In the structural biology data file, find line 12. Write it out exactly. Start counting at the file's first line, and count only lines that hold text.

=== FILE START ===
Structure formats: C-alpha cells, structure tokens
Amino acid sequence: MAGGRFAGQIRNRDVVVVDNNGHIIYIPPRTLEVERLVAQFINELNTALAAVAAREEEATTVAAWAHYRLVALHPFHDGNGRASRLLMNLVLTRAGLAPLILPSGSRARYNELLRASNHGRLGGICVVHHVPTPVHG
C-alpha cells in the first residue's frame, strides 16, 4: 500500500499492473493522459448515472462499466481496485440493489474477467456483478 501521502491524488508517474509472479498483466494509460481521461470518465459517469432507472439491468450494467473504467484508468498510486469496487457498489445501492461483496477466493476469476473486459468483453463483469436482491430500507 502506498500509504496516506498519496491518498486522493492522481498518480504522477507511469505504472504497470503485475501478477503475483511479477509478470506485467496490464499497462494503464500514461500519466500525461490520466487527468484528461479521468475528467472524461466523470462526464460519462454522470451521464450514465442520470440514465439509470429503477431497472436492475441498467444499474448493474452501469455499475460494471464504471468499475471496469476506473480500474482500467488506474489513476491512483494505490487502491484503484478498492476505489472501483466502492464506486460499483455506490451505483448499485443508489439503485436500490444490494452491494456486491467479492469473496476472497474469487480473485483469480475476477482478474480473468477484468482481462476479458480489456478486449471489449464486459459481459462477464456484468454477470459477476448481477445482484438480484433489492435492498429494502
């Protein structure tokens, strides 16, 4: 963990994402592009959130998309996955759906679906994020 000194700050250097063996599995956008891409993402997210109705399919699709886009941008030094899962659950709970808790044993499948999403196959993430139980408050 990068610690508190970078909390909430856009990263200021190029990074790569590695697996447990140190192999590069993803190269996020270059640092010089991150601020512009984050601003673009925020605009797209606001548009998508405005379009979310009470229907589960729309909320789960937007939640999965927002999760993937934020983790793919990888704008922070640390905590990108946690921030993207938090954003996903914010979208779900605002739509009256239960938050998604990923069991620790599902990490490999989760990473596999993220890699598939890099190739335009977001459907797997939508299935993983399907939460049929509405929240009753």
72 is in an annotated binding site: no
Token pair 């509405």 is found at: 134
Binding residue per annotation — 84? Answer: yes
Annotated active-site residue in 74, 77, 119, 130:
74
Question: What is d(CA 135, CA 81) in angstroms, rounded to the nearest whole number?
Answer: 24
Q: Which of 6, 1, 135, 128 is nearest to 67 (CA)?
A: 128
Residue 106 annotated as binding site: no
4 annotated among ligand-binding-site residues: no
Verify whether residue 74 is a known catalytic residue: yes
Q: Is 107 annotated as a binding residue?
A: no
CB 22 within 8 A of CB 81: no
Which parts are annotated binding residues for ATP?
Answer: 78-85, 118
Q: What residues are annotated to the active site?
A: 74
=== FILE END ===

Q: Which of 6, 1, 135, 128 is nearest to 67 (CA)?